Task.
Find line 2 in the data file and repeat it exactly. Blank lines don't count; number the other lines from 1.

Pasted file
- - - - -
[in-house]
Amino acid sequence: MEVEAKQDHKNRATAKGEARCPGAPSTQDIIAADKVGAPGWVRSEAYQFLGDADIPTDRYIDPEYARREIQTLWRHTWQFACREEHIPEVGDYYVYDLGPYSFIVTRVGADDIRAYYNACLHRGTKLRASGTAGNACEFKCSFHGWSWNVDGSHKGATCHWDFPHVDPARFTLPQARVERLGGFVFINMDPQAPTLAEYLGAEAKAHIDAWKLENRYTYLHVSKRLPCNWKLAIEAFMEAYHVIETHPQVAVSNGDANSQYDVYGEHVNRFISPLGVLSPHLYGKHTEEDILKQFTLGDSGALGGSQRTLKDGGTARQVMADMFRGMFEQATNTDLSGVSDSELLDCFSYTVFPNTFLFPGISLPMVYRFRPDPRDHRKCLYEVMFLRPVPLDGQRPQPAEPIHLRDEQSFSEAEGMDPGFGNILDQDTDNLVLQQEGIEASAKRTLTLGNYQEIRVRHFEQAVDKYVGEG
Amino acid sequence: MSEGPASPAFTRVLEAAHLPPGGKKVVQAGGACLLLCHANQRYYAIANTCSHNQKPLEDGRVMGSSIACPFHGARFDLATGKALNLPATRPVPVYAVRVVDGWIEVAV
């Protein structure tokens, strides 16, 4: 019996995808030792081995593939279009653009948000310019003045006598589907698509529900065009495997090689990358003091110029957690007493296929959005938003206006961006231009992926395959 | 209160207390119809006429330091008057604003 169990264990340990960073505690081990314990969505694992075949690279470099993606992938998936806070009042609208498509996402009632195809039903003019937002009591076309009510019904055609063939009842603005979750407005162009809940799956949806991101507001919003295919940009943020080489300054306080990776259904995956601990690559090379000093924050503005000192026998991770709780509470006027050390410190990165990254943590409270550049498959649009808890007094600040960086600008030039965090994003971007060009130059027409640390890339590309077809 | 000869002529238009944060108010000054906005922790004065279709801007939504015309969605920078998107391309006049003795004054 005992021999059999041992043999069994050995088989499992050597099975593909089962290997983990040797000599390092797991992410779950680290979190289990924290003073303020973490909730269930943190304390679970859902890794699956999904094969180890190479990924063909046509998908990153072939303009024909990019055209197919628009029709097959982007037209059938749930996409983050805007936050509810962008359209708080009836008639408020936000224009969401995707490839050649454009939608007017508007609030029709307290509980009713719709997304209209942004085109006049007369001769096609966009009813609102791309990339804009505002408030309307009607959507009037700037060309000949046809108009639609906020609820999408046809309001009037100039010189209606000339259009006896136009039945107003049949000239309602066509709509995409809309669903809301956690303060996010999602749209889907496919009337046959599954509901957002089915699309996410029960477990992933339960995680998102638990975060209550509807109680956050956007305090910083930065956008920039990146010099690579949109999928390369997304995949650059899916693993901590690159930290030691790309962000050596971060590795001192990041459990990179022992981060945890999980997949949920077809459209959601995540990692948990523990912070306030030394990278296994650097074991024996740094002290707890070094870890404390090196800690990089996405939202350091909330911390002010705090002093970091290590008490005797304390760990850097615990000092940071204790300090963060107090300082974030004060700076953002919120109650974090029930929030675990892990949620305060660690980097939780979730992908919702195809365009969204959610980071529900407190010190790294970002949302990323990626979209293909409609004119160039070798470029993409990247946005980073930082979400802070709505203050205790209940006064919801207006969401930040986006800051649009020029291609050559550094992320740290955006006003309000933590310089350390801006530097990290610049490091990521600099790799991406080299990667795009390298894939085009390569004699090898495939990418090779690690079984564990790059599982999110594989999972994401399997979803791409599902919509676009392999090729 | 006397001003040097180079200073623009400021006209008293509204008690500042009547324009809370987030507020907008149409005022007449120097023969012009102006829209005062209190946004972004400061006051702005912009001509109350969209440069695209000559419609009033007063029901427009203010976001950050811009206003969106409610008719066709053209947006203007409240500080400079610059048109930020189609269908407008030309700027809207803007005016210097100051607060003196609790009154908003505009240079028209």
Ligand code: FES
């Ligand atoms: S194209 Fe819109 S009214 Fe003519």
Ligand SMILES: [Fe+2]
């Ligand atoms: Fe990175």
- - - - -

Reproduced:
Amino acid sequence: MEVEAKQDHKNRATAKGEARCPGAPSTQDIIAADKVGAPGWVRSEAYQFLGDADIPTDRYIDPEYARREIQTLWRHTWQFACREEHIPEVGDYYVYDLGPYSFIVTRVGADDIRAYYNACLHRGTKLRASGTAGNACEFKCSFHGWSWNVDGSHKGATCHWDFPHVDPARFTLPQARVERLGGFVFINMDPQAPTLAEYLGAEAKAHIDAWKLENRYTYLHVSKRLPCNWKLAIEAFMEAYHVIETHPQVAVSNGDANSQYDVYGEHVNRFISPLGVLSPHLYGKHTEEDILKQFTLGDSGALGGSQRTLKDGGTARQVMADMFRGMFEQATNTDLSGVSDSELLDCFSYTVFPNTFLFPGISLPMVYRFRPDPRDHRKCLYEVMFLRPVPLDGQRPQPAEPIHLRDEQSFSEAEGMDPGFGNILDQDTDNLVLQQEGIEASAKRTLTLGNYQEIRVRHFEQAVDKYVGEG